Scientists observe drug target that can reduce pain when activated
A research group at Hiroshima University observed a potential new target for chronic pain treatment. Further research using this receptor could lead to new, more effective drugs to use in pain-relieving treatment for chronic pain.
Conditions that cause chronic pain can be difficult to manage. These include sciatica, cancer and rheumatoid arthritis. Chronic pain mechanisms are complicated, which is one of the reasons why pain management is so difficult, explains Professor Norimitsu Morioka of the Department of Pharmacology, Graduate School of Biomedical & Health Sciences, Hiroshima University. This difficulty decreases the quality of life of patients that, in many cases, can suffer from constant pain with little to no relief. General-purpose pain-relieving medication is often ineffective. Even morphine, possibly the best painkiller according to Assistant Professor Yoki Nakamura, also of the Department of Pharmacology, can fail to inhibit pain in cancer patients.
“Chronic pain is increasing worldwide […] associated with increasing population,” warns Morioka. The increasing number of sufferers of chronic pain means the establishment of new therapeutics is urgent, hence why the results of these types of studies can have important consequences on healthcare for these patients.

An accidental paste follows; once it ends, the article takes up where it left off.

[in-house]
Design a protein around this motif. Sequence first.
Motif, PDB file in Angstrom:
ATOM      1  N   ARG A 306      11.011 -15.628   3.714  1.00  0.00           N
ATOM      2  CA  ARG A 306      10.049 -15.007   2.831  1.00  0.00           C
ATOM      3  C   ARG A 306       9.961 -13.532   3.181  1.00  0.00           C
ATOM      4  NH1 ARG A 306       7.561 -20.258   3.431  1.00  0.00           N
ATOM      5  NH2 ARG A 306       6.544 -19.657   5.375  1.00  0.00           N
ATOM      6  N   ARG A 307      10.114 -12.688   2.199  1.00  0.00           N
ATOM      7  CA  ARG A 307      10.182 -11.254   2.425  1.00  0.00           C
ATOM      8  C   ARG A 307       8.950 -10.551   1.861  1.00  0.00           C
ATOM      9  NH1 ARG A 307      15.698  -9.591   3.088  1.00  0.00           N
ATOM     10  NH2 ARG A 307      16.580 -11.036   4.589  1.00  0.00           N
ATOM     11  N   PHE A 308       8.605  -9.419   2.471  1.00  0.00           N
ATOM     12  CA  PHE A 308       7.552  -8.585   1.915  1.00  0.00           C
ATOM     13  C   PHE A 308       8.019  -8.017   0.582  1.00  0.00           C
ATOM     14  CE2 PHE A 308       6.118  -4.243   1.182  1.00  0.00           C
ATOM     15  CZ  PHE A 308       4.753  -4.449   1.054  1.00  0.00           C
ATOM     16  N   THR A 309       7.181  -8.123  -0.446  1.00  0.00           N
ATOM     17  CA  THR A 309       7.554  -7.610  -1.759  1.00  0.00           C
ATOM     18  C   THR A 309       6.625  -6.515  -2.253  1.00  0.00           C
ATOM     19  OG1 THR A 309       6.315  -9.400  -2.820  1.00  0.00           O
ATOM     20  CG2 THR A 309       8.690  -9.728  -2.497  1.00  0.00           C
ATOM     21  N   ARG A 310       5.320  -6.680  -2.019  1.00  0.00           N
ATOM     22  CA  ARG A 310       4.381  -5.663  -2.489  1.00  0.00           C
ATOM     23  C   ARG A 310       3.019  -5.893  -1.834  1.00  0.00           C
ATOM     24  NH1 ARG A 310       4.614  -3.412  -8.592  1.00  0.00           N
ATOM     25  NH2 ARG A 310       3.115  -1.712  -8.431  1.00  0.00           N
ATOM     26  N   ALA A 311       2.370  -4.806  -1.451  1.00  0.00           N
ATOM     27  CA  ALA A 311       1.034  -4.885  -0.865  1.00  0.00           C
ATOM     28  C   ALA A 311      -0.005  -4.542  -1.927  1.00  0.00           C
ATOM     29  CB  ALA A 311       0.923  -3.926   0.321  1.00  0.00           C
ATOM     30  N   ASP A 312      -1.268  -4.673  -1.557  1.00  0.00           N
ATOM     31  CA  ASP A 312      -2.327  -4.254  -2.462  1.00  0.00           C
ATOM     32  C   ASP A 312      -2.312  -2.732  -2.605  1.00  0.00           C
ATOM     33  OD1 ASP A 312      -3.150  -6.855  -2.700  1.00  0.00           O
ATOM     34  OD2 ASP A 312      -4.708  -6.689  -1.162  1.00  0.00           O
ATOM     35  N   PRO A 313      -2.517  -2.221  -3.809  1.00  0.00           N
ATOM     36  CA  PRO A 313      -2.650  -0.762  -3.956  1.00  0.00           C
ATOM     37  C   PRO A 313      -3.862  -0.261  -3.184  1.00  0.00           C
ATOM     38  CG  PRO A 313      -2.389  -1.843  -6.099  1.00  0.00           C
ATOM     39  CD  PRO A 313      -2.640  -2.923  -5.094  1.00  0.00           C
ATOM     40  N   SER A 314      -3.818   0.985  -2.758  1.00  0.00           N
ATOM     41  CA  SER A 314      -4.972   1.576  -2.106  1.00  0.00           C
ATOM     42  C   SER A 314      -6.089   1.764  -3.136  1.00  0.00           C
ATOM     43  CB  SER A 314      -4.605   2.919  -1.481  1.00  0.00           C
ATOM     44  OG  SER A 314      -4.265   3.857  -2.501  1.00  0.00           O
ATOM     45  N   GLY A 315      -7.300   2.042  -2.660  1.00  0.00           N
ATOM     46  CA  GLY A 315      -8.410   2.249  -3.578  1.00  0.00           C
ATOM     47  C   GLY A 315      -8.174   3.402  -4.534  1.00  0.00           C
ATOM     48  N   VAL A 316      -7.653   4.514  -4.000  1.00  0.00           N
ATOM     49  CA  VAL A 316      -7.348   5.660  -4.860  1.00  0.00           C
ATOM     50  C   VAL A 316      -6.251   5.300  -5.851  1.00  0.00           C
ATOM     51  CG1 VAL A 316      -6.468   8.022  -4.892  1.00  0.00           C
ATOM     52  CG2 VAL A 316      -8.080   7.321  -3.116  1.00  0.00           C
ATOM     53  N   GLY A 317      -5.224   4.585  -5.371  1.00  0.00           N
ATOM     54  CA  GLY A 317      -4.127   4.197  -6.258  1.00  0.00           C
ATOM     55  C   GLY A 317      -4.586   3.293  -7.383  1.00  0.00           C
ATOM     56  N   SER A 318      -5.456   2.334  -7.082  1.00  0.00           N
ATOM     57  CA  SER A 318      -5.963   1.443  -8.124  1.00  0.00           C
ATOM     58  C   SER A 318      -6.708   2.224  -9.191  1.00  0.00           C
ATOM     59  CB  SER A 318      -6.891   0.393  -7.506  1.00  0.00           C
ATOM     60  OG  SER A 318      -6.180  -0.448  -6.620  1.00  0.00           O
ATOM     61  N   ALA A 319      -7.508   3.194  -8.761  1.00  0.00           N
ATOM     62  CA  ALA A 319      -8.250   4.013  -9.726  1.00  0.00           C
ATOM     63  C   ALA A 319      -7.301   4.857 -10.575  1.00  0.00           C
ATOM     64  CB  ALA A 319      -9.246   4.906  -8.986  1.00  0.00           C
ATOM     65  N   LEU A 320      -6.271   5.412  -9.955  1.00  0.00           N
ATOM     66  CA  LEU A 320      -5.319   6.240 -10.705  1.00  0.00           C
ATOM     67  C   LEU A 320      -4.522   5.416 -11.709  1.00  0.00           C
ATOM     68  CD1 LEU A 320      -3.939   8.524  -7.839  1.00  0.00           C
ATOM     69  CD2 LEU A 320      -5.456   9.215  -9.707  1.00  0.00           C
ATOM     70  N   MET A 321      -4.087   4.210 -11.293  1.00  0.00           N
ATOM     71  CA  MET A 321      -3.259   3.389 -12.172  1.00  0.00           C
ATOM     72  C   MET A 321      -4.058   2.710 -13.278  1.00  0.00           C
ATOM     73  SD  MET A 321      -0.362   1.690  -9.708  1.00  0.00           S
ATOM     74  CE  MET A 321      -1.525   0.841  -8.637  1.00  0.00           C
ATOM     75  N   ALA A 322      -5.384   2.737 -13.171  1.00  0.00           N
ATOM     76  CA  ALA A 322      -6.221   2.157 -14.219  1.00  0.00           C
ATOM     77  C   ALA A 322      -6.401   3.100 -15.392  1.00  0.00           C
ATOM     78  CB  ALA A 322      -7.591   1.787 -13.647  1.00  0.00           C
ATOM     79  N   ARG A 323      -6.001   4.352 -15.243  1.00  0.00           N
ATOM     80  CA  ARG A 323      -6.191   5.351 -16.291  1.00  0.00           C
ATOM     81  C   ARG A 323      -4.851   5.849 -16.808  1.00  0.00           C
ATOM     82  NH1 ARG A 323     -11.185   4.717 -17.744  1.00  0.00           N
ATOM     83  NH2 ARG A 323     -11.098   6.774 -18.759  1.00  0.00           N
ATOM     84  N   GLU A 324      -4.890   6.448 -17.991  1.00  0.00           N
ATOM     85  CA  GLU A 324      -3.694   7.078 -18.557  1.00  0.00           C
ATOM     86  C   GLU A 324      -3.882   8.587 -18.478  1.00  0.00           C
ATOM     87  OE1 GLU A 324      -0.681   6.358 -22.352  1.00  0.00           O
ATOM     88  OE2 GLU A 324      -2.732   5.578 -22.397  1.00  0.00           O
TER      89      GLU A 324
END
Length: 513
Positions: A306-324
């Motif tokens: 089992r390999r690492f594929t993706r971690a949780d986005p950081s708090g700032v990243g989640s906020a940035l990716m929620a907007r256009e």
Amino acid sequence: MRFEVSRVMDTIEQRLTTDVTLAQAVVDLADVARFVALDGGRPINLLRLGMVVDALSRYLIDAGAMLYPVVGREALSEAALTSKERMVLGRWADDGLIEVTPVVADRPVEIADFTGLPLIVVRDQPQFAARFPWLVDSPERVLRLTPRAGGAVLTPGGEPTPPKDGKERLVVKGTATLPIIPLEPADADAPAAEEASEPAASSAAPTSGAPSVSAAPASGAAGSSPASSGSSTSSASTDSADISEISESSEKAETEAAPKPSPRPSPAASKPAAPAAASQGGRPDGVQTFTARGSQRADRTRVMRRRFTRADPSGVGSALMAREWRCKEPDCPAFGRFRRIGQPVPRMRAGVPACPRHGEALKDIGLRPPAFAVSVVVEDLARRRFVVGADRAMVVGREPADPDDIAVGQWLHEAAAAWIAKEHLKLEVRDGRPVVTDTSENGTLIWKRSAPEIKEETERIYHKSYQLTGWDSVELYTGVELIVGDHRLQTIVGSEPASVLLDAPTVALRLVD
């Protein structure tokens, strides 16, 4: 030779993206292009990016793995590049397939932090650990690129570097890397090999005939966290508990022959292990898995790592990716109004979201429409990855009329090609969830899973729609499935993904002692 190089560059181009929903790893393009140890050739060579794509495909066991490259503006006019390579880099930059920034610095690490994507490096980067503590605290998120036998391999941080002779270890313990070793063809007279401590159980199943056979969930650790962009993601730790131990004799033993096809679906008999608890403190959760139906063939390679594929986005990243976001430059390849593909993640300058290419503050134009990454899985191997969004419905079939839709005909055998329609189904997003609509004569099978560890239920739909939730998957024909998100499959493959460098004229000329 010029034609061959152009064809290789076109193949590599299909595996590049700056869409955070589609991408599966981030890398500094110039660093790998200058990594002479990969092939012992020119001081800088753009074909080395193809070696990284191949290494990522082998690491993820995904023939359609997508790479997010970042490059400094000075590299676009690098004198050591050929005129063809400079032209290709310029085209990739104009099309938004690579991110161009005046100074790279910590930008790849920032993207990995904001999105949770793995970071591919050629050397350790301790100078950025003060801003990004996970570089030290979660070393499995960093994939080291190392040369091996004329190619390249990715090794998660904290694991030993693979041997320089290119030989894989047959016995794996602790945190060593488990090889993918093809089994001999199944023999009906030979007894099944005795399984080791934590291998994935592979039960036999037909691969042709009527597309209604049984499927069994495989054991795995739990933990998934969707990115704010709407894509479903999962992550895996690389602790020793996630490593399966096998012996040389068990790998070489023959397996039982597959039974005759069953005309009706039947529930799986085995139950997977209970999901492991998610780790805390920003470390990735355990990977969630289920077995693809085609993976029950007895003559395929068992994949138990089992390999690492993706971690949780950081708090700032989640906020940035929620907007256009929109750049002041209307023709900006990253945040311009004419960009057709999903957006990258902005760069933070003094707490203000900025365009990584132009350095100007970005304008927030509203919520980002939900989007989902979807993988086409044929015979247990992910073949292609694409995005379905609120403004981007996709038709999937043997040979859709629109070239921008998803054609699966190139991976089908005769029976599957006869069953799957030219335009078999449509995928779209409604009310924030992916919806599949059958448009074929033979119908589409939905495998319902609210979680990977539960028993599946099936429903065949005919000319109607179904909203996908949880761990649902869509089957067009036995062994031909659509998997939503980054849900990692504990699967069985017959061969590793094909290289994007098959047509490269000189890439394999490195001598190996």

Previous research had shown that activating a type of cell receptor (REV-ERBs) that sends chemical signals inside the cell to block the production of certain genes regulates pain-causing and inflammatory molecules inside the body. Such research had shown that a molecule used to ‘turn on’ the REV-ERBs had decreased the production of inflammatory molecules in immune cells but
“Nobody checked the effect of REV-ERBs agonist [stimulator] on nociceptive behaviors [pain reactions] or chronic pain so first we checked the effect of REV-ERBs agonist on chronic pain,” explains Nakamura.
Until now, research has also only looked into one type of pain model at a time. Morioka elaborates that
“I think it is not enough to reduce by one target […] I think it is important to cover a lot of molecules mediating chronic pain,” and REV-ERBs seems to be a fitting target “So it is very exciting.”
The research group applied this knowledge to determine if activating the nuclear receptor REV-ERBs in specialized spinal cord cells (astrocytes) results in pain relief in mice. The team treated mice with differing levels of pain sensitivity with molecules that turned on REV-ERBs. The molecules studied can be easily found in today’s pain-relieving drugs according to the team. To test whether there was a notable effect on pain; mice were touched with a filament on their hind paw. Pain was recorded when mice raised their paw away from the filament. Light touches made mice with chronic pain react whereas ‘normal’ mice only moved when the force was increased. Mice with chronic pain when treated with a REV-ERBs stimulator did not react to the lighter touches (depending on the type of chronic pain they had). Through these observations, the research group concluded they did not feel as much pain as the untreated mice with the same type of chronic pain.